Rolling Hills FS, Inc. (Murray) - Executive Summary
EXECUTIVE SUMMARY |
1. Facility accidental release and emergency response policy.
The management and employees of Rolling Hills FS, Inc. are committed to the prevention of any accidental releases of anhydrous ammonia. If an accidental release should occur, the facility is prepared to work with the local fire department, or other authorities, to mitigate any release and minimize the impact of the release to people and the environment.
2. The stationary source and the regulated substances handled.
The primary activity at the facility is the storage and blending of fertilizers for sale to farmers. Anhydrous ammonia is received, stored, and distributed for direct application as a crop production nutrient.
The maximum quantity of anhydrous ammonia that can be stored would be 120000 pounds
The worst-case release scenario and the alternative release scenario.
The worst-case release scenario would be the release of the total contents of a storage tank released as a gas over 10 minutes
. The maximum quantity released would be 120,000 pounds, which represents the volume of the largest storage tank as limited by design standards.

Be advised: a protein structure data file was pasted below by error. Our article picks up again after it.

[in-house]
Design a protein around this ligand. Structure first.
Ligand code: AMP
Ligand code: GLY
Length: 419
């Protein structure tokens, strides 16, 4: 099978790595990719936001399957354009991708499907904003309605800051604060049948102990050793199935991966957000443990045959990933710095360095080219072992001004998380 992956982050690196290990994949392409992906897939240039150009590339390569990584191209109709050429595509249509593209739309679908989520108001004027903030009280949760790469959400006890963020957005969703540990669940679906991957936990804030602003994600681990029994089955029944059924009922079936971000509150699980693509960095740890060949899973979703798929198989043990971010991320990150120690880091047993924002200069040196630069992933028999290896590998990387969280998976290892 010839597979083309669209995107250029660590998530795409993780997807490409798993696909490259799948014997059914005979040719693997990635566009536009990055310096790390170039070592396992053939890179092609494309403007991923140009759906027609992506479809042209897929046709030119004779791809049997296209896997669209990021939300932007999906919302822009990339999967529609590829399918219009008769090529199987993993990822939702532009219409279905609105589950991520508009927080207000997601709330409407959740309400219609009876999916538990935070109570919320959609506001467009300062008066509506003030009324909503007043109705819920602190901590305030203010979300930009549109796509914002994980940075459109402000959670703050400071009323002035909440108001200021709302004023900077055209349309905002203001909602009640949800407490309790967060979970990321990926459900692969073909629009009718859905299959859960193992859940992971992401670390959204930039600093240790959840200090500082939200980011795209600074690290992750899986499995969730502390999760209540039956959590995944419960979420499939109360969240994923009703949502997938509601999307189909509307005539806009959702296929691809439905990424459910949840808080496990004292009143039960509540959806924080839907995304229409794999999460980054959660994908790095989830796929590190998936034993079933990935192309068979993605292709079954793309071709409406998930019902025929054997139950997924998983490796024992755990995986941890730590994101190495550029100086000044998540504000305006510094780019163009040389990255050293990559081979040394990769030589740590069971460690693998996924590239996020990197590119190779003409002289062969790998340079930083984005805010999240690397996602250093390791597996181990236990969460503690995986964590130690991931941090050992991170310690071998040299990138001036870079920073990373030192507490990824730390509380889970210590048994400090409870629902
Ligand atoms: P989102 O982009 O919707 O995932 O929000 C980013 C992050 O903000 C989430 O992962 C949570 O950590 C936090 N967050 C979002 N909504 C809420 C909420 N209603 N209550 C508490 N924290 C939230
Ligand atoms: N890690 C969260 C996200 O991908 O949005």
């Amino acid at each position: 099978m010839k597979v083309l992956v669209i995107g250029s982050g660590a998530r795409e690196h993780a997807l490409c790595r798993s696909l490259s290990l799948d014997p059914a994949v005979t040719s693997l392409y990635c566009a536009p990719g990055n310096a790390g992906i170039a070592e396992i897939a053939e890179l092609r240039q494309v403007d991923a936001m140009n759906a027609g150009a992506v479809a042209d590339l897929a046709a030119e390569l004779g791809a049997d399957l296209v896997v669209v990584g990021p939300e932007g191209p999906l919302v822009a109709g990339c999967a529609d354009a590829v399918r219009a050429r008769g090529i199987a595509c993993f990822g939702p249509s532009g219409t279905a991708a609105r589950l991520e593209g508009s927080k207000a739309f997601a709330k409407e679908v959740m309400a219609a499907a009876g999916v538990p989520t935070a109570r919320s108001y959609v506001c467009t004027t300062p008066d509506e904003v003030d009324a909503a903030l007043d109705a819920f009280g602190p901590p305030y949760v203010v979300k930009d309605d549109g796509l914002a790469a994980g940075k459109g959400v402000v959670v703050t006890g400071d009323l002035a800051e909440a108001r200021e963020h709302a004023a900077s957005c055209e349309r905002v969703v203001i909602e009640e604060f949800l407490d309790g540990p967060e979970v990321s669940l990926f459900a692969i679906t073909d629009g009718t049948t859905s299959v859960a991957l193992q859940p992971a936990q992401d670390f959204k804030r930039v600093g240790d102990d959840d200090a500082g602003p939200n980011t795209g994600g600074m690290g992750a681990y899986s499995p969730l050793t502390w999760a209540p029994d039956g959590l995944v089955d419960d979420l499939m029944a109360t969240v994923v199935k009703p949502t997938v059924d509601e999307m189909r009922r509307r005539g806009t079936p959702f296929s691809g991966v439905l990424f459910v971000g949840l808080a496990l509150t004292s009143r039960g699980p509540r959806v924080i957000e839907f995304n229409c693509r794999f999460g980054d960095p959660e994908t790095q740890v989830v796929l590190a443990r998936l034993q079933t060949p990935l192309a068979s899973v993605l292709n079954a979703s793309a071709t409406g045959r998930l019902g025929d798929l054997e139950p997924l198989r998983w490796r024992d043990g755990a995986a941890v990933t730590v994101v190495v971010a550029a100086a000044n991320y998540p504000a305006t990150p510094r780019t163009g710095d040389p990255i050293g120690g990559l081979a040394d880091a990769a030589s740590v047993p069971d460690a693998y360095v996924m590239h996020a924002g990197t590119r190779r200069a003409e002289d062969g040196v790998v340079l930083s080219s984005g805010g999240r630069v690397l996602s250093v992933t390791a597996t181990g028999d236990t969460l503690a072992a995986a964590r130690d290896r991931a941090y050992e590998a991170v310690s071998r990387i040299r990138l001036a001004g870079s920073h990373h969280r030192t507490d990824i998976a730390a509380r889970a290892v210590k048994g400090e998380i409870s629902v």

The distance to the endpoint of .14 mg/L for the worst-case scenario is 1.1 miles.
The alternative release scenario based on the most likely potential incident is a release from a break in a transfer hose.
The distance to the endpoint of .14 mg/L for the alternative scenario is .1 miles. This release has the possibility of extending beyond the facility boundary.
3. The accidental release prevention program.
This facility complies with EPA's Accidental Release Prevention Rule and with all applicable state codes and regulations. This facility has implemented the provisions of "Safety Requirements for the Storage and Handling of Anhydrous Ammonia, K-61.1", published by The American National Standards Institute, Inc. as adopted by state regulation and the standards of the U.S. Occupational Safety and Health Administration (OSHA), 29 CF
R 1910.111, "Storage and Handling of Anhydrous Ammonia".
4. Five year accident history.
There have been no accidental releases of anhydrous ammonia in the past five years that:
- have caused any deaths, injuries, or significant property damage at the facility; nor
- to our knowledge, have resulted in offsite deaths, injuries, evacuations, shelter in place, property damage, or environmental damage.
5. The emergency response program.
The facility has:
- a written emergency action plan, in accordance with OSHA standard, 29 CFR 1910.38;
- provided state and local authorities the emergency planning and community right-to-know information as required under SARA Title III (EPCRA);
- a written emergency response plan, in accordance with OSHA standard, 29 CFR 1910.120, including pre-emergency planning and employee training.
6. Planned changes to improve safety.
Safety improvement is an on-going process at the facility. Periodic evaluations are performed to assess the maintenance of
safe conditions. There are no specific safety recommendations for implementation at this time.